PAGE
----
This is the second stage in silk production after silk farming, spinning consists in unreeling the cocoons to draw out the silk thread. At first practised on hand spinning reels, and then on mechanical reels, spinning consists of a series of processes requiring some skill.
Drawing of the unreeling cocoons: 1/ “gindre” (large spool); 2/ backwards and forwards movement; 3/ “tavelettes” (little spools); 4/ band where the threads are gathered; 5/ bowl; 6/ threads are crossed; 7/ cocoons, weaving lesson, 1909
Shaking, deflossing and unreeling
Shaking clears the cocoon surface of layers of poor silk called floss, and deflossing consists in getting rid of this altogether. The spinner dipped the cocoons in a basin of boiling water and shook them with a little broom called an “escoubette”. This repeated action brushed the floss off. Floss silk was kept to make a rough fabric - the filoselle. Then the spinner picked up not one but several fibres as one fibre is too fragile. This made a continuous thread. These operations resulted in a skein called a “flotte” that was then removed from the reel, knotted and folded. This delicate work was usually performed by women.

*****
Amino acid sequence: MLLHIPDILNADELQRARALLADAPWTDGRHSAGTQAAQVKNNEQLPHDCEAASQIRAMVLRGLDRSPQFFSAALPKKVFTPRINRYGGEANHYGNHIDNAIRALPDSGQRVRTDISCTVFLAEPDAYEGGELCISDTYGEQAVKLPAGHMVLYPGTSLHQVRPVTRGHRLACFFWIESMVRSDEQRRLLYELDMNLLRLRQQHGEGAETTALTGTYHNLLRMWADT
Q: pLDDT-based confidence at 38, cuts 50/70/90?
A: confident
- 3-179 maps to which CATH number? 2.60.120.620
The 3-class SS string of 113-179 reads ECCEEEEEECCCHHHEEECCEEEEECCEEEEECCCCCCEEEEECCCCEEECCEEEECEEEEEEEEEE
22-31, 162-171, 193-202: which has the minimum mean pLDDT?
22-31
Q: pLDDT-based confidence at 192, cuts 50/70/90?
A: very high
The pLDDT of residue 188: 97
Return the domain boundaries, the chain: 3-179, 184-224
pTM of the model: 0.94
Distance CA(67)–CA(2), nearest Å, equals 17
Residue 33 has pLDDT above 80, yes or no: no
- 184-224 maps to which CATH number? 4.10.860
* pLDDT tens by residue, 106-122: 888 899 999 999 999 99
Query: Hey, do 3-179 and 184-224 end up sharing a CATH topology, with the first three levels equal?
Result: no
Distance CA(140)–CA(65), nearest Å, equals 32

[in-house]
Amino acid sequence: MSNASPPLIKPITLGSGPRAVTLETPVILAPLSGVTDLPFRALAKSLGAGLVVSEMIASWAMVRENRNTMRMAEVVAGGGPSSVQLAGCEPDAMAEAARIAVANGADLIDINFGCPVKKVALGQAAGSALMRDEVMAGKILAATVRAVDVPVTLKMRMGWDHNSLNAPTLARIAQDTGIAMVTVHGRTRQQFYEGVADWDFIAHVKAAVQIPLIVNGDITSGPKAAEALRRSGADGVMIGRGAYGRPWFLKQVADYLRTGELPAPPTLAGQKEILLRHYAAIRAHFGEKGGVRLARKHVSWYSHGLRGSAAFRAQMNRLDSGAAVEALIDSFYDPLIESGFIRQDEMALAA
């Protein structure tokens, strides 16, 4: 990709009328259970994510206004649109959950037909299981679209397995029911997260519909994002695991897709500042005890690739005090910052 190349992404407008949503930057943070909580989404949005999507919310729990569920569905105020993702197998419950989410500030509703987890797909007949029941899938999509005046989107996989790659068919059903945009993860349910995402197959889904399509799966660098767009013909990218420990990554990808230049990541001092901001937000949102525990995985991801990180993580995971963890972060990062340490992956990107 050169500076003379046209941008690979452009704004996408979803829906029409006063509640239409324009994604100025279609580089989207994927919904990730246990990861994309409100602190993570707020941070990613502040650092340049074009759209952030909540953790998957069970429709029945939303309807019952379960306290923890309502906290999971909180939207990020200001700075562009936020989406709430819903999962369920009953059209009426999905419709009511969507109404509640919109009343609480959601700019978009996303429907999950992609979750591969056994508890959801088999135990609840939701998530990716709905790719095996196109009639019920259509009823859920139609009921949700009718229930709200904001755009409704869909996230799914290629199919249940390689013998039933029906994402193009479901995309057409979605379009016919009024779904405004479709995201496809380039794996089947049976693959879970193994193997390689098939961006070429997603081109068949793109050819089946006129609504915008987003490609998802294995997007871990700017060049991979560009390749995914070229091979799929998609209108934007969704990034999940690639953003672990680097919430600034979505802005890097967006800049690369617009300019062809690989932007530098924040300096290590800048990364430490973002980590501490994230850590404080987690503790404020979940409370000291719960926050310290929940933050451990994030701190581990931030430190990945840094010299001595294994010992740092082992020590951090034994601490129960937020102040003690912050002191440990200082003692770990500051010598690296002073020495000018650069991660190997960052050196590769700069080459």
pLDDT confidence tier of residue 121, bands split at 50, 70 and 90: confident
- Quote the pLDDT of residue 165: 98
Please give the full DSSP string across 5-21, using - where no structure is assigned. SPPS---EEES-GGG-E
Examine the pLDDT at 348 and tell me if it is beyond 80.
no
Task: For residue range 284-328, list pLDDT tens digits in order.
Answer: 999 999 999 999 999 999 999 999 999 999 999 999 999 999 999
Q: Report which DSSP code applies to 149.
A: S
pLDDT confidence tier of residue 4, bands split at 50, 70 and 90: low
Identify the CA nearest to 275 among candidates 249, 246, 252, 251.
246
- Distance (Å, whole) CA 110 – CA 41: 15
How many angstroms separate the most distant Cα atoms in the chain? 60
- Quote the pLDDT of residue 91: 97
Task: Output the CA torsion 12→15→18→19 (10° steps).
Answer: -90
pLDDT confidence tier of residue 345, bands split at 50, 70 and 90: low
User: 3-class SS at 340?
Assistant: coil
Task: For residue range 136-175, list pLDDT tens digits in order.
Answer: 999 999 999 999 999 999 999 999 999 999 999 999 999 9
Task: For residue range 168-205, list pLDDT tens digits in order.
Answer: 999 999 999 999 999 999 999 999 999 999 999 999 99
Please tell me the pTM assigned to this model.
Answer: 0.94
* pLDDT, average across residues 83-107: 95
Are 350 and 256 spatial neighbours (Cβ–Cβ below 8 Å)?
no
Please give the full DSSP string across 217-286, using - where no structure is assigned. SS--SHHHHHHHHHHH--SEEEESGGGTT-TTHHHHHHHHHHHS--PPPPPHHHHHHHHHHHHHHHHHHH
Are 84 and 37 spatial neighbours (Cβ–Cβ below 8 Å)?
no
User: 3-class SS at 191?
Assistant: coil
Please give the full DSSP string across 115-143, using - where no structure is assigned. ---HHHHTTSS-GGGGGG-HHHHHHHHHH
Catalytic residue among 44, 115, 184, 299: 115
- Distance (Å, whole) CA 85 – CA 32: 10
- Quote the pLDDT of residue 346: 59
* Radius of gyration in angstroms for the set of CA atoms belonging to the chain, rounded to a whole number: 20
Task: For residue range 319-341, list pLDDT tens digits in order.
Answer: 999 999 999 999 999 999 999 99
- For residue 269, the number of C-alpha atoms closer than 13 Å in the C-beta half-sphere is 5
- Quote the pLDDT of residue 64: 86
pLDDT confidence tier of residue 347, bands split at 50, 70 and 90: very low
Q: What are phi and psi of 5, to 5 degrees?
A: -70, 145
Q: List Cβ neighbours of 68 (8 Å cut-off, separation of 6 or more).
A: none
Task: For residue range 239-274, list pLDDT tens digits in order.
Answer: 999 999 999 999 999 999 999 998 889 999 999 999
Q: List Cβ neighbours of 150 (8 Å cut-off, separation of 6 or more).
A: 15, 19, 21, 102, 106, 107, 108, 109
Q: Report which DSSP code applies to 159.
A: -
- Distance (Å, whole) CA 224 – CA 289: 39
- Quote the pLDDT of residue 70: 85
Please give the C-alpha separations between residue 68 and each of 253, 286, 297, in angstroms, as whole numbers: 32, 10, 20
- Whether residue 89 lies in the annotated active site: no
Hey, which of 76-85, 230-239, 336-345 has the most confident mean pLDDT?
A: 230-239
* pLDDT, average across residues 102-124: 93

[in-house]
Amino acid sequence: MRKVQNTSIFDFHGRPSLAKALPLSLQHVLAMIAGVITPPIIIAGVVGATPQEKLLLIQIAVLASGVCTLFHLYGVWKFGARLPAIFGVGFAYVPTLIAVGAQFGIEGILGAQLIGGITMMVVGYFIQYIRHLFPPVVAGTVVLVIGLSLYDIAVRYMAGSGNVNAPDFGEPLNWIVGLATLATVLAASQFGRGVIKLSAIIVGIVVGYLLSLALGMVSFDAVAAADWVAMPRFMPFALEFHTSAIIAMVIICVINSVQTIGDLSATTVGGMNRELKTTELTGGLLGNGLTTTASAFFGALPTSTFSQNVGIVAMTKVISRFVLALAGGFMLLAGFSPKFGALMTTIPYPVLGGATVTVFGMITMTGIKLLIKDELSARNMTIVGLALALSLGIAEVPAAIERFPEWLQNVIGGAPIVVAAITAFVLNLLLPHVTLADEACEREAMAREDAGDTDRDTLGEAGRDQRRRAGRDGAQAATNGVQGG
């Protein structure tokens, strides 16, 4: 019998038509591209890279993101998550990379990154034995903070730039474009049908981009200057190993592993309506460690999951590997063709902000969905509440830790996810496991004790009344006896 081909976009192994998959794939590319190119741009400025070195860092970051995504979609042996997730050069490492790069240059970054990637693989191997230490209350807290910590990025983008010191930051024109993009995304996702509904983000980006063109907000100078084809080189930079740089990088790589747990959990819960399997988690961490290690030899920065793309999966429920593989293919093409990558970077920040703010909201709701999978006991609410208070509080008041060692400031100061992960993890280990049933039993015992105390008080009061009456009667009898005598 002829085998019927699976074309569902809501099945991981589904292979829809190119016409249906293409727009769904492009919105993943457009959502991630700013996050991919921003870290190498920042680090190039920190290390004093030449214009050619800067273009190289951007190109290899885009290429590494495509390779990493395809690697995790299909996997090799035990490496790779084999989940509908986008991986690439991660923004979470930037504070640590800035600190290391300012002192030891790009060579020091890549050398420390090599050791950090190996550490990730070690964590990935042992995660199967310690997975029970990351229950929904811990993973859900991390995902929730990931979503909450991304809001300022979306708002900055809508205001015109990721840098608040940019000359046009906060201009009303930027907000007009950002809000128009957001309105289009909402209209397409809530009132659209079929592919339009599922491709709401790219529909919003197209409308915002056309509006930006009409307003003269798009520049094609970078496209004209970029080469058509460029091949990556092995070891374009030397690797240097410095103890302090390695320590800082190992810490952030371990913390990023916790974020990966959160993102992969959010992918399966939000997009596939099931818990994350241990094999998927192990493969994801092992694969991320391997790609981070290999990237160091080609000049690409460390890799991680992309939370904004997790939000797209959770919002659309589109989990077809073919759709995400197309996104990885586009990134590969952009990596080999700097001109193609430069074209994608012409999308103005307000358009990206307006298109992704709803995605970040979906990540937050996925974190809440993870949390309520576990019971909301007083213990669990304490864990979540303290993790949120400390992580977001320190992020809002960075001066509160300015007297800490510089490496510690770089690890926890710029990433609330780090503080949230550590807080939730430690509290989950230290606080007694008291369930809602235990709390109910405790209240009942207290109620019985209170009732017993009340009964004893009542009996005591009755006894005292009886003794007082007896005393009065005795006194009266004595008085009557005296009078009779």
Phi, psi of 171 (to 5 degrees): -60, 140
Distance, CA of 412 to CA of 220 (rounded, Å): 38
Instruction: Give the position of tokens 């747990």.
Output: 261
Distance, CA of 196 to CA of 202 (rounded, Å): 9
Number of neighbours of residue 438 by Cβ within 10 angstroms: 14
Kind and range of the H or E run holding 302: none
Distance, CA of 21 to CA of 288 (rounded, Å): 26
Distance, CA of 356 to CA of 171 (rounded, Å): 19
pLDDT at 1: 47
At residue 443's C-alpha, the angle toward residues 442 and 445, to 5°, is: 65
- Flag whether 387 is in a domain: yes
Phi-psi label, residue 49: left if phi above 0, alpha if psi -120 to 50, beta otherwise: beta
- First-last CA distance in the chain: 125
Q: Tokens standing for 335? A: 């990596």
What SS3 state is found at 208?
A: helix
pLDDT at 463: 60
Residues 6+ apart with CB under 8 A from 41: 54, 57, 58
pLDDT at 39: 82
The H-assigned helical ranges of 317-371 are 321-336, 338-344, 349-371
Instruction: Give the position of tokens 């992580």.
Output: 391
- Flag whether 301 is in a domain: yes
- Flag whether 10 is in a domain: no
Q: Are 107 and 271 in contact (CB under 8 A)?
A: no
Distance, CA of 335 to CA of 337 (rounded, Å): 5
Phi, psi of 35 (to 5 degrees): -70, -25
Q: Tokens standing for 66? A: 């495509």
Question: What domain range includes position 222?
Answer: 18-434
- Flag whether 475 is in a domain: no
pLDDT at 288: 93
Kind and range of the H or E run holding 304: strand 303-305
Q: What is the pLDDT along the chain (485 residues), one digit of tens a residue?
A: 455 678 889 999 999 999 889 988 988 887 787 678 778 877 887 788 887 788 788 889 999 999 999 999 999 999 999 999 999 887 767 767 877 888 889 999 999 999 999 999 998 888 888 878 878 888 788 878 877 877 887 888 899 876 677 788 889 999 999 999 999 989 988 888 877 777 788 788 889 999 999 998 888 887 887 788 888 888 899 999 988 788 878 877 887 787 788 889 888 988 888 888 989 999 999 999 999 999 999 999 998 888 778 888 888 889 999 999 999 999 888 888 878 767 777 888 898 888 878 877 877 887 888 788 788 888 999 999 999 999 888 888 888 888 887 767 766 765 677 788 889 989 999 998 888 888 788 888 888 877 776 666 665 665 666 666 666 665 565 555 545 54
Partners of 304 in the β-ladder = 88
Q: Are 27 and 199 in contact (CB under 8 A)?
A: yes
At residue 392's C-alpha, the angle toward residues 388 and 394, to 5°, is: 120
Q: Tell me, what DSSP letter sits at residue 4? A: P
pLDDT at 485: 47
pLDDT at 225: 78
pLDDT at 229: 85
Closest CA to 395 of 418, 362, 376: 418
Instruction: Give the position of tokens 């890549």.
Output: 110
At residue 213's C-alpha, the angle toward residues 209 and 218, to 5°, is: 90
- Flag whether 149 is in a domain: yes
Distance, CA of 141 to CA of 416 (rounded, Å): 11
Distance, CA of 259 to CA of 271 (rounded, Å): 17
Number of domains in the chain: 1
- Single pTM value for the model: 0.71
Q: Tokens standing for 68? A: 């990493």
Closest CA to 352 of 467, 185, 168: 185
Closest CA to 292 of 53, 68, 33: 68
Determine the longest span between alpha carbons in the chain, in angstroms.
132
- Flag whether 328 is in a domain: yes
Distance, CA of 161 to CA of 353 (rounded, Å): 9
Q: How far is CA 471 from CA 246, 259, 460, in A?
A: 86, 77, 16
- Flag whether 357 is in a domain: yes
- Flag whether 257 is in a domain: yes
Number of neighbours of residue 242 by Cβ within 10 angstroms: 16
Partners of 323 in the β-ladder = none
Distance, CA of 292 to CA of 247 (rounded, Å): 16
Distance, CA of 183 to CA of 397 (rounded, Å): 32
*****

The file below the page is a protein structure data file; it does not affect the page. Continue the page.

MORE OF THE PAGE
Small and large spinning wheels:
These were traditionally used to spin wool, linen, or hemp. Until the end of the 19th century floss was spun on wheels, and then taken to weavers who made it into a very strong fabric, “la bourrette” used for clothes and blankets.